This tree is a moderate to fast grower that can reach 35 to 40 feet with a wide-spreading canopy.
It does best in full to part sun.
These are tropical trees that need the warmth of Zone 10 to thrive. Frost will cause damage in areas of Zone 10 that border Zone 9B, and even in warmer areas they can thin out a bit if winter is harsh.
A mahogany is considered semi-deciduous. This means that though it keeps it leaves nearly year-round, the tree pushes out old leaves for a very brief period in spring before new ones appear.
Mahogany's salt tolerance makes it a good shade tree for planting on a coastal property.
Although mahogany trees are South Florida native trees, they appreciate soil enrichment and regular irrigation and fertilization.
Add top soil (or organic peat humus) and composted cow manure to the hole when you plant.
No trimming is needed as long as you've placed the tree well to allow for mature size.
When the leaves drop in spring, they can be quickly cleaned up with a leaf blower.
Water on a regular basis. Fertilize 3 times a year - in spring, summer and fall - with a good quality granular fertilizer.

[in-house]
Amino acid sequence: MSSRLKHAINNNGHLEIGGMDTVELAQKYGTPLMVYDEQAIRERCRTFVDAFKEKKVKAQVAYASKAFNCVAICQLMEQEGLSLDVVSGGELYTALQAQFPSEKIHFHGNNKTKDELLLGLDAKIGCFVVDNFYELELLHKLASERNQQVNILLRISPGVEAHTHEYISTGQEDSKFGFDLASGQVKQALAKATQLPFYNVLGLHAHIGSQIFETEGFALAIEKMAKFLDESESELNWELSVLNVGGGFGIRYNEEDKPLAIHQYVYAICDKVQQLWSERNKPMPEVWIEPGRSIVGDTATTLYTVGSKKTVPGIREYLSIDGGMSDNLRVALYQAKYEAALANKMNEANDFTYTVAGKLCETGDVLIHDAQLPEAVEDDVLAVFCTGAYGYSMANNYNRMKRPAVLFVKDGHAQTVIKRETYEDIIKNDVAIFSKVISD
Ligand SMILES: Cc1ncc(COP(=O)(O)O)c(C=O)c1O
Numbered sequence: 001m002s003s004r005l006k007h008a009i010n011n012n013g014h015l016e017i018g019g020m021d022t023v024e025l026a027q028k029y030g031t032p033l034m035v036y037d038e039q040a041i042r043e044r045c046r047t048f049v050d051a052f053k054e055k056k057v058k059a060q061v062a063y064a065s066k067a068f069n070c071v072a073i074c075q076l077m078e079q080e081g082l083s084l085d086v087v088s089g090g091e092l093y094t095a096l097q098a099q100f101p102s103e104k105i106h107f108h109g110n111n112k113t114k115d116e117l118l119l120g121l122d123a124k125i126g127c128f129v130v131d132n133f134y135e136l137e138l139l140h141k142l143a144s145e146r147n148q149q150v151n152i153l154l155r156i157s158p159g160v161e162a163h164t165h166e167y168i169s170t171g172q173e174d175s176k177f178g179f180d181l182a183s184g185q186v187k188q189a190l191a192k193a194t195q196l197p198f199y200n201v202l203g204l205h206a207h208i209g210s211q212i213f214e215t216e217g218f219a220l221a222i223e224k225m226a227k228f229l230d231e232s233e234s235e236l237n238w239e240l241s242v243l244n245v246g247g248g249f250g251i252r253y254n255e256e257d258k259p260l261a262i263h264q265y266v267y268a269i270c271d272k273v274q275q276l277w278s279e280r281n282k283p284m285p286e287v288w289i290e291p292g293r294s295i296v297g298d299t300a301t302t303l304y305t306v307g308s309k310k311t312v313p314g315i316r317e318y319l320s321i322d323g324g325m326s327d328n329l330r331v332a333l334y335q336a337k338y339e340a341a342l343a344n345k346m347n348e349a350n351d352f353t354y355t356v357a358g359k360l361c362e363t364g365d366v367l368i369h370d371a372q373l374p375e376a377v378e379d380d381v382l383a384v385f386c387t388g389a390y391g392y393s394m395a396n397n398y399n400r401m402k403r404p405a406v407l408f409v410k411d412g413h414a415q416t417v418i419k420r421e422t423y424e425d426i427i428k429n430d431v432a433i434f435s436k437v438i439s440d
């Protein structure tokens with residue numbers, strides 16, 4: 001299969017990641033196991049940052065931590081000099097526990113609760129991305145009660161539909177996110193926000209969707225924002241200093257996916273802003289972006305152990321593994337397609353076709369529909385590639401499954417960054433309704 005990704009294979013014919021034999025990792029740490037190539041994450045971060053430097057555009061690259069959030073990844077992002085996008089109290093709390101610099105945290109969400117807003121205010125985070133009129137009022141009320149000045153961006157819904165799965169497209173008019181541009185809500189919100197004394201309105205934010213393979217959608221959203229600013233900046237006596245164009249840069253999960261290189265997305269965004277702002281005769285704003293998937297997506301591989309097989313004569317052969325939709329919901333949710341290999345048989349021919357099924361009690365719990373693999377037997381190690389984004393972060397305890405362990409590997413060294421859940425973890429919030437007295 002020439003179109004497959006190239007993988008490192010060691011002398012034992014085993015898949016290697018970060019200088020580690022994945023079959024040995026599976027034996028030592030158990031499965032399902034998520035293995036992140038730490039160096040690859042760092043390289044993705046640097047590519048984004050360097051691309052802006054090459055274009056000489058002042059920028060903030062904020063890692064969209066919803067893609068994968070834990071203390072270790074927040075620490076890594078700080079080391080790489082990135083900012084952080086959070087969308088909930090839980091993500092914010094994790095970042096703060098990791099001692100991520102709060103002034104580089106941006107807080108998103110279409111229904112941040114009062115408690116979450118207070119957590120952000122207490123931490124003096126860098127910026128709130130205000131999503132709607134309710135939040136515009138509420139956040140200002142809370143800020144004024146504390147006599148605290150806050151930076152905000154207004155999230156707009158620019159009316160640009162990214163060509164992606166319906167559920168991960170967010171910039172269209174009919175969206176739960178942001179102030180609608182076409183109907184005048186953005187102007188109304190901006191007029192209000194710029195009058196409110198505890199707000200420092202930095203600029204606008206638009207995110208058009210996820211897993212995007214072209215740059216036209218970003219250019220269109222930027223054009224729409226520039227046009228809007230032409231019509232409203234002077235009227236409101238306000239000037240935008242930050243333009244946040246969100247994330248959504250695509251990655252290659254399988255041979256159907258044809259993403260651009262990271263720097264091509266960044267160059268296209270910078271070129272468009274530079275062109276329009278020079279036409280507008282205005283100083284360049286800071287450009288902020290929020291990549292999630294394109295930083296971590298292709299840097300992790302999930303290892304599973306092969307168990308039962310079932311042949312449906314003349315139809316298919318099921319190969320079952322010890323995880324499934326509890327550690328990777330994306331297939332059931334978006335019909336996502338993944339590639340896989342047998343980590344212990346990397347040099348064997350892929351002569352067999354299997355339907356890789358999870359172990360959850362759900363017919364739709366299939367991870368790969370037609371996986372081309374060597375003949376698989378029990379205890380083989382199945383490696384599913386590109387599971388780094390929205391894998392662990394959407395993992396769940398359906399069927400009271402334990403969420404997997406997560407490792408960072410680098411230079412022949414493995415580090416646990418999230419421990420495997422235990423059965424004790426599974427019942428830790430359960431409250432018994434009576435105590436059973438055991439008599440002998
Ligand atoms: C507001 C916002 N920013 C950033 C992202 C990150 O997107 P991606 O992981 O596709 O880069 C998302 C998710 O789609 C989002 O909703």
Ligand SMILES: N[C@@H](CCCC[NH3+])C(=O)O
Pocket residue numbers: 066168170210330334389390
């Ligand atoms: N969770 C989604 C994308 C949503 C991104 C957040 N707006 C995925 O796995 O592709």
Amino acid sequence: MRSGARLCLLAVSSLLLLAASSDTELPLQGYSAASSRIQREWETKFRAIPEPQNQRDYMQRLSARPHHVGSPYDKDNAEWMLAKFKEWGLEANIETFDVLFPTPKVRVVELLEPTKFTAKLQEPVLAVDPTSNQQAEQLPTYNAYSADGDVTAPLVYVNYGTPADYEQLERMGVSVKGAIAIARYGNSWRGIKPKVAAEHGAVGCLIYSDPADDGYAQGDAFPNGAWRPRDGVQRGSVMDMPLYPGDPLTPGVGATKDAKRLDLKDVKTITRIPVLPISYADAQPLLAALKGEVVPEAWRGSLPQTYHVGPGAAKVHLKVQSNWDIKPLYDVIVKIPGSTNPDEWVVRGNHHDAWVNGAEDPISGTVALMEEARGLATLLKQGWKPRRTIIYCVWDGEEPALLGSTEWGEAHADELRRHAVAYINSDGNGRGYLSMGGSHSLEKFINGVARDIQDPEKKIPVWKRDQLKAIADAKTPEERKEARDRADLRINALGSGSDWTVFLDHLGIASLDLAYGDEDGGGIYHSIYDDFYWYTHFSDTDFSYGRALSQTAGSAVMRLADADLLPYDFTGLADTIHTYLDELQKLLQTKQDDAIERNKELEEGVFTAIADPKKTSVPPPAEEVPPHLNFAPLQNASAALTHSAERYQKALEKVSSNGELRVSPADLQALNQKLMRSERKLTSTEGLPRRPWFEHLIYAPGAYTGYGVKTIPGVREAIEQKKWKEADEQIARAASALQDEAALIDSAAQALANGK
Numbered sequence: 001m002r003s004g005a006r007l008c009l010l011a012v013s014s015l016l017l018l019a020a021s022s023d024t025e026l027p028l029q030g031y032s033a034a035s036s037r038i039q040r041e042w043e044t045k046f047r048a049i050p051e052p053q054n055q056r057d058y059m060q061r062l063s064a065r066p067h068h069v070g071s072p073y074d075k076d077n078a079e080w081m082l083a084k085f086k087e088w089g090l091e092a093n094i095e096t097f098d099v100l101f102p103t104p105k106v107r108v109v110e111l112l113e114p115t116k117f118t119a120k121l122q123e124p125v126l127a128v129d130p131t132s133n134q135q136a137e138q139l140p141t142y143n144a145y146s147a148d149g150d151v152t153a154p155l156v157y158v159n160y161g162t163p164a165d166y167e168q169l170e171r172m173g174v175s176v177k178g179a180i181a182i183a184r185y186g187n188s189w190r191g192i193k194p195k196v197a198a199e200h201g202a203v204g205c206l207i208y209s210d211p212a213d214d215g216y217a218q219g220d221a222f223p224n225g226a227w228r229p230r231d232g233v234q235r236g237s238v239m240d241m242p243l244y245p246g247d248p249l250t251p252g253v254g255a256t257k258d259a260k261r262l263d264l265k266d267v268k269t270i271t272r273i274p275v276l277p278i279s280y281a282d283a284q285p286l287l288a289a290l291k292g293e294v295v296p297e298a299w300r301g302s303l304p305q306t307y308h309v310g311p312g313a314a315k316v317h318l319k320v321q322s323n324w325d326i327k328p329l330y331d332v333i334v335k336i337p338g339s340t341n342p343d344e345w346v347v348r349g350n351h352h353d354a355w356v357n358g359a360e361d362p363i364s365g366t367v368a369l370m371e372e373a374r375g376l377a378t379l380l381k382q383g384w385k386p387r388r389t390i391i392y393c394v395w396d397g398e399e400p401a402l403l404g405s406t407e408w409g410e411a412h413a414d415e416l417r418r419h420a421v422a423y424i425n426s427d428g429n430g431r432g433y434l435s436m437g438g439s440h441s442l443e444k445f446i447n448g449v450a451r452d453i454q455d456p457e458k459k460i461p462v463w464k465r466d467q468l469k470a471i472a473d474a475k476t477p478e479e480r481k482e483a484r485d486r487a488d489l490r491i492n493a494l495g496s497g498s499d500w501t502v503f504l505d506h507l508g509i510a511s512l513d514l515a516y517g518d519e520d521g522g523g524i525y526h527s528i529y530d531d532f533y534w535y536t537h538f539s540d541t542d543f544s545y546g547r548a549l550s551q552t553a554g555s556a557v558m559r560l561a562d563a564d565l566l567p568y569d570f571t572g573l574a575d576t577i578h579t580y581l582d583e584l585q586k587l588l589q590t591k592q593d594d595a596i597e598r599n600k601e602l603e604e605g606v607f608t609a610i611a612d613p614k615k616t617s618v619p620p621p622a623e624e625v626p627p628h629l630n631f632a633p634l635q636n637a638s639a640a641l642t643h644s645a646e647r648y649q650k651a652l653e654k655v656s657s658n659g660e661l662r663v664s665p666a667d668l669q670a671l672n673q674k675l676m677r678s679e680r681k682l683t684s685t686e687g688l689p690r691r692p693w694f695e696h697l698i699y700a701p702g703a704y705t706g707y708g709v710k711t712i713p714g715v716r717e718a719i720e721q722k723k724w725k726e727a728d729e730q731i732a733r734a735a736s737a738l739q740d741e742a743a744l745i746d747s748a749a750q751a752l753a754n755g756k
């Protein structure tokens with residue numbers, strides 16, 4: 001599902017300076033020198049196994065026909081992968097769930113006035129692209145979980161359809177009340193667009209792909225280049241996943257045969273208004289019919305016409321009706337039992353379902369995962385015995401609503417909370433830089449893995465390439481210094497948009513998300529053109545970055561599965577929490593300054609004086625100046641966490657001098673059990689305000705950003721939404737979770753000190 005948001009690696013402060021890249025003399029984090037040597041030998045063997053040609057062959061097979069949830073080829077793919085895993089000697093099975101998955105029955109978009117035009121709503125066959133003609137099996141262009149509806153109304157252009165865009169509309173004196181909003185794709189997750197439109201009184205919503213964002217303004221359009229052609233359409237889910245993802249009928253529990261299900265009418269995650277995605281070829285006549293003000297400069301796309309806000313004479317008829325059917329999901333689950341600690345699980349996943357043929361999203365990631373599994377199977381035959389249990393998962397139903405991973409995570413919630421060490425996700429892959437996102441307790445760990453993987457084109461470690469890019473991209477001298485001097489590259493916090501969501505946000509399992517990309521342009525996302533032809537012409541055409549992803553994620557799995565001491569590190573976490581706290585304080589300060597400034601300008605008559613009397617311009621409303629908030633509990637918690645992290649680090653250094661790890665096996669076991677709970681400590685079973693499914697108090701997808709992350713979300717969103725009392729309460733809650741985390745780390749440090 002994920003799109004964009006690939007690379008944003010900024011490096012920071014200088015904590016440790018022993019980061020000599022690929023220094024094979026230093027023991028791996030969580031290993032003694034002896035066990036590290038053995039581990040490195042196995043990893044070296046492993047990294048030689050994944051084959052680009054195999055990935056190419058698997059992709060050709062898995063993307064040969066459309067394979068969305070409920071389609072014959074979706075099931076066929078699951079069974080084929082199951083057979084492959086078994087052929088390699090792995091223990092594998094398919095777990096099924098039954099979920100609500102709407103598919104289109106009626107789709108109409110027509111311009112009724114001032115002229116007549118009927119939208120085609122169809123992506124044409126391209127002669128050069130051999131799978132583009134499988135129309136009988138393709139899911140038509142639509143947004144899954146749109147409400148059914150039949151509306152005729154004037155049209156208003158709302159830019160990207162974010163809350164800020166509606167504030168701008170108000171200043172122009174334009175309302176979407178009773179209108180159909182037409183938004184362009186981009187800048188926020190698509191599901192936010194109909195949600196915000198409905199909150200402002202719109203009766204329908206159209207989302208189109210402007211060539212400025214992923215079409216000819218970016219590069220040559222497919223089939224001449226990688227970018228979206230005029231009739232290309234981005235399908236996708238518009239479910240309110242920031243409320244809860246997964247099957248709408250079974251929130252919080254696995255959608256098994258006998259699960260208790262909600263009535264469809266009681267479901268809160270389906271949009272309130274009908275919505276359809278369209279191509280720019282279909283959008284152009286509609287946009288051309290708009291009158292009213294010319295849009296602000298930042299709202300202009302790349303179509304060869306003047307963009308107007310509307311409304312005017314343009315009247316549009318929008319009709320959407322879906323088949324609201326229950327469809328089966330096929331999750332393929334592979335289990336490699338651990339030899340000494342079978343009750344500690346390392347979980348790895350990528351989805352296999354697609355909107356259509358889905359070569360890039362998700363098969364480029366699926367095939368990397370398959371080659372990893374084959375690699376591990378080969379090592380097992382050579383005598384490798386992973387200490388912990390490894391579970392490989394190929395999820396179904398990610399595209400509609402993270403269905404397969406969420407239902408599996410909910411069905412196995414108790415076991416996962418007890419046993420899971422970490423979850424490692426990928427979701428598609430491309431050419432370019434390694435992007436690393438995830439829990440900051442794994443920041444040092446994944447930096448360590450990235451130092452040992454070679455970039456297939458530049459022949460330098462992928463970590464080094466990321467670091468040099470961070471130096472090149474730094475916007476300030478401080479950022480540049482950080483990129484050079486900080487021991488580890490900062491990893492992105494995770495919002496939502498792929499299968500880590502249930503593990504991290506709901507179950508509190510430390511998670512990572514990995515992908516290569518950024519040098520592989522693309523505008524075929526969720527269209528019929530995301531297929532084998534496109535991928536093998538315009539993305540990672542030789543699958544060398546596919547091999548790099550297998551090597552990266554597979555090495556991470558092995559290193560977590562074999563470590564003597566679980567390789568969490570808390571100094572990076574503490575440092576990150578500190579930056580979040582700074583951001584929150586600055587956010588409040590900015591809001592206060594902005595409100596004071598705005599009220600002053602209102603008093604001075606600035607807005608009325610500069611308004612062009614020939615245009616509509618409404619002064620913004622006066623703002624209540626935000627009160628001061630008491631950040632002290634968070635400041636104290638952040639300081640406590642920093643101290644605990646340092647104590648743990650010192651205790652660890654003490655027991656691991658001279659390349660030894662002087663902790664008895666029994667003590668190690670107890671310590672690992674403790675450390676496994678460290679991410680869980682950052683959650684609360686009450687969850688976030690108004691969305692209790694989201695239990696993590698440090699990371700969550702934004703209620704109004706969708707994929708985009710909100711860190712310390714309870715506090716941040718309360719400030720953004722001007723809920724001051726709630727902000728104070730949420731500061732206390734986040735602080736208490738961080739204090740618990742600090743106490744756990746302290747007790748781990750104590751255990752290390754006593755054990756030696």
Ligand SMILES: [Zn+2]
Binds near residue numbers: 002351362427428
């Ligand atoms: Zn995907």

Because of its potential for developing a wide crown, place a mahogany at least 15 feet from the house.
Come in from walks and drives at least 8 feet - more if you can - to avoid problems with the surface roots of a mature tree lifting paved areas.
Mountain Mahogany (Cercocarpus ledifolius Nutt.)
Cercocarpus ledifolius, or curl-leaf Mountain Mahogany, is not a true mahogany: that distinction belongs to trees in the Meliaceae, the mahogany family. This shrubby, slow-growing tree belongs in the Rosaceae, or rose family the common name derives from the dense, heavy wood of this tree, which sinks in water additionally, the leaves tend to curl. The scientific name for the genus is Greek and means "tailed fruit."